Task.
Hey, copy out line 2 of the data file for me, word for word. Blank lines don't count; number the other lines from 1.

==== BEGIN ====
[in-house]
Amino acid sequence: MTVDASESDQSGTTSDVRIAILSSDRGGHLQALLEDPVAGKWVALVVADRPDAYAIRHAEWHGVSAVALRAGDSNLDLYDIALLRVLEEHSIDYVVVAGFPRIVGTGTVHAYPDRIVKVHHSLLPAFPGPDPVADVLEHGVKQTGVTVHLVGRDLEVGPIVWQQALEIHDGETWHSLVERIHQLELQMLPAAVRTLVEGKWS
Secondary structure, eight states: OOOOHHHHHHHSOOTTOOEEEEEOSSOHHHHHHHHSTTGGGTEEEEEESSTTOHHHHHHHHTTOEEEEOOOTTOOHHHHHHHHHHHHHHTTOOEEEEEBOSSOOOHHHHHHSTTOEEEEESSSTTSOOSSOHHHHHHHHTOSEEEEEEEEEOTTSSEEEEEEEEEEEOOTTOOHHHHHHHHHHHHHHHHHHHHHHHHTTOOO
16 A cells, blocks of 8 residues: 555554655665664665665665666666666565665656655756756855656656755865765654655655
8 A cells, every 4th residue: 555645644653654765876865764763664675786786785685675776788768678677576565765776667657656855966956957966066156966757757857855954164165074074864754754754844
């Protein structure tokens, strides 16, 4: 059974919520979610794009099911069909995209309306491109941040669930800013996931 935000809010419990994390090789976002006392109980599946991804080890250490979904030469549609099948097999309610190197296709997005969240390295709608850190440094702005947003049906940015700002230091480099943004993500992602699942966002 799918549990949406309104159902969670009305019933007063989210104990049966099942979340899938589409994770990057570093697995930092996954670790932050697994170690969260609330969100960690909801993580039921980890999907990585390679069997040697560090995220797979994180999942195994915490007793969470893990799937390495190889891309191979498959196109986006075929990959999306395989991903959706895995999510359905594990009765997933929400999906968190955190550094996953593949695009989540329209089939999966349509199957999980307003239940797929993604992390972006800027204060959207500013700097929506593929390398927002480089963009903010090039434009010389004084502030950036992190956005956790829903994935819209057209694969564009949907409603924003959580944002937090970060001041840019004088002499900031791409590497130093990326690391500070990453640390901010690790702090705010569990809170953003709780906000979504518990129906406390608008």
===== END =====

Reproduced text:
Amino acid sequence: MTVDASESDQSGTTSDVRIAILSSDRGGHLQALLEDPVAGKWVALVVADRPDAYAIRHAEWHGVSAVALRAGDSNLDLYDIALLRVLEEHSIDYVVVAGFPRIVGTGTVHAYPDRIVKVHHSLLPAFPGPDPVADVLEHGVKQTGVTVHLVGRDLEVGPIVWQQALEIHDGETWHSLVERIHQLELQMLPAAVRTLVEGKWS